So, NASA's budget would grow to $21 billion. With that money, the panel says NASA could even extend space shuttle flights and the International Space Station by about five years each while delaying a return to the moon -- or some other target -- until 2025 or so. And that's just one of several viable options. They say the moon-landing date would be the same or later if NASA sticks with its current plan.

That would raise NASA's share of the U.S. budget to 0.6 percent.


Anonymous said...

Great Column, John. Perhaps you could make a couple of extra points in your future colums:
1. Out of the billions in NASA's budget, NOT ONE CENT is spent in space. All of the money is spent here on earth.
2. I believe NASA has something like a 7:1 ratio on cost/return on the money it spends.
3. The economic benefits of NASA affect the entire planet, not just the US.
4. NASA is the Ultimate Stimulus Program, with real tangable results, not failed banks and sinking car companies.

Thanks for your efforts!

Rick Steele
Sarasota, Florida

Anonymous said...

Even after all these years NASA still has not figured out how to launch and/or land a shuttle in the rain and the best thay can come up with for heat shields are glue-on tiles, and chunks keep falling off every time they launch. Considering these factors, I think the idea that they are who manned space exploration is dependant on dooms the whole idea from the start.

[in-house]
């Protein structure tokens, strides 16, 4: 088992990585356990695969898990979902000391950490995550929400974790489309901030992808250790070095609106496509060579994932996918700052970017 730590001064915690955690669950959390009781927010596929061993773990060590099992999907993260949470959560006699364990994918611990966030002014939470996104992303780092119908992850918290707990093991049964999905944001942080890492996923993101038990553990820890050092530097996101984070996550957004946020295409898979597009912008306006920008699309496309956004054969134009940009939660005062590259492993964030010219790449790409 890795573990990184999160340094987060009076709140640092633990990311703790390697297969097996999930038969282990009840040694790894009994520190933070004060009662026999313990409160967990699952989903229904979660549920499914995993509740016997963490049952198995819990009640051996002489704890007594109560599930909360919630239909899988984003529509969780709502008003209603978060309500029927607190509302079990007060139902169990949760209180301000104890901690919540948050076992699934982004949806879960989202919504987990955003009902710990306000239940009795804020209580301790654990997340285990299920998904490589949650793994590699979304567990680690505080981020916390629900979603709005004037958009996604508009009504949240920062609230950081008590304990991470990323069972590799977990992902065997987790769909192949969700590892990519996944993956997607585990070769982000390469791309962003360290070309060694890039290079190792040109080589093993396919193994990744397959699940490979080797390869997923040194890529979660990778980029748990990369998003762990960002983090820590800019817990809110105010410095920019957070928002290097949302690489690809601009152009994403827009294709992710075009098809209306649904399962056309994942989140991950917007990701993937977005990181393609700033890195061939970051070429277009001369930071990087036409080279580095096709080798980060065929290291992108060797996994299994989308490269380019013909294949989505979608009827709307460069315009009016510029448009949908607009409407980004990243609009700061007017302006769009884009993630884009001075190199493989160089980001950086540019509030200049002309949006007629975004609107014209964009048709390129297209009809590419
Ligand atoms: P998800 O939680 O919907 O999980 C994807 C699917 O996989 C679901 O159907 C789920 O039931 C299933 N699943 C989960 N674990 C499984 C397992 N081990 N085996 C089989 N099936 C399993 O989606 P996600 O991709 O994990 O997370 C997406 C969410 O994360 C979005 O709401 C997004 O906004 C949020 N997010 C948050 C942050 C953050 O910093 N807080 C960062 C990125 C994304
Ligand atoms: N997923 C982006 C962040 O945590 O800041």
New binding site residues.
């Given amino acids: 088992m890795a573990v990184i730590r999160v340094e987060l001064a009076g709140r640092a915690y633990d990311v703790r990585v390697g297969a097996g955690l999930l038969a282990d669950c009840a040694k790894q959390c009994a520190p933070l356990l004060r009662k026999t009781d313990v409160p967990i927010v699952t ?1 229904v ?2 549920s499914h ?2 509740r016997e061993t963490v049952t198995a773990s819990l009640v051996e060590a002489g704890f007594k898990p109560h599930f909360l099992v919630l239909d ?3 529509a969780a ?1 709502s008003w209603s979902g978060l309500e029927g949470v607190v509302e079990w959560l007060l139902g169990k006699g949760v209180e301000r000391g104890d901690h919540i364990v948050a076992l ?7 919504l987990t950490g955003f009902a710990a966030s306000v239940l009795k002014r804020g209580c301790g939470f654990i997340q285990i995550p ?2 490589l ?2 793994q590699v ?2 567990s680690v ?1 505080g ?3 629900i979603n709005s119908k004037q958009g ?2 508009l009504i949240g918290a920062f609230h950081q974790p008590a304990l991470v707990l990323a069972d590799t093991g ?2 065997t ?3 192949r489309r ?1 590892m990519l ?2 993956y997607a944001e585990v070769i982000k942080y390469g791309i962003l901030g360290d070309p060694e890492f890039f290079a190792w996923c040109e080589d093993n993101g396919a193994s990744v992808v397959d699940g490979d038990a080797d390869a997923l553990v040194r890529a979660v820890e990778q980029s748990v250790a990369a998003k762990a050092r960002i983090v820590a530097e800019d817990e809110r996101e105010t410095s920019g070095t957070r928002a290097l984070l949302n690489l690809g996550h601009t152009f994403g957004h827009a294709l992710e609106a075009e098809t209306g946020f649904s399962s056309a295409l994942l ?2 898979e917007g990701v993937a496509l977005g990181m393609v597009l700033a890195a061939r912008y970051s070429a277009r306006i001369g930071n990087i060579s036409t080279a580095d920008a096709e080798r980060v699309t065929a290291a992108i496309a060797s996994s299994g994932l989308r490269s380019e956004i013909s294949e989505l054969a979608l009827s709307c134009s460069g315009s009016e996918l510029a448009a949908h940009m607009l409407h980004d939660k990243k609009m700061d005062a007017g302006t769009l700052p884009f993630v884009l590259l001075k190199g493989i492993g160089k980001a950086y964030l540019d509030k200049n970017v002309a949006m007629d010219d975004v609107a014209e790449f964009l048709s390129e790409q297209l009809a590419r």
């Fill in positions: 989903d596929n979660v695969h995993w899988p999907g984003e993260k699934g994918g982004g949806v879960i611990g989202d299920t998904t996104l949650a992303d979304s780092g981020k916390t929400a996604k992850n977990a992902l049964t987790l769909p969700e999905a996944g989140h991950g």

Anonymous said...

Great Column John...Good points Rick. oh and lets not forget the 750 billion dollars (not to mention young lives) so far on the war in Iraq!

Todd Halvorson said...

Very cool shot of pad 39B.

Anonymous said...

I hadn't realized the size of the budget in the 60s - over ten times what NASA now gets as a fraction of our national budget!!

I like the comments from the first anon...I think you got the cost/return inverted, but I think you're right on the magnitude.

It might be an interesting bit to put some other numbers up there. Say, how much U.S. citizens spend each year on golf, haircuts and dos, pizza, or some other silly thing. It might put the whole budget in perspective. If you posted the amount spent on tobacco, you'd really get noticed.

Of course, that comment about landing in the rain is pure silly.

Anonymous said...

Yes, the comments about landing in the rain and glue-on tiles show a real lack of knowledge about the shuttle and the technologies involved. Unfortunately, most people would rather remain ignorant and spout uninformed drivel than to actually go and find out what the Space Program has done for them, and the truly amazing technological advancements that have been made and that have in turn become huge benefits for the public as spin-offs. NASA is worth the extra $3 billion, especially when you consider the billions already wasted in Iraq and on bailing out Wall Street.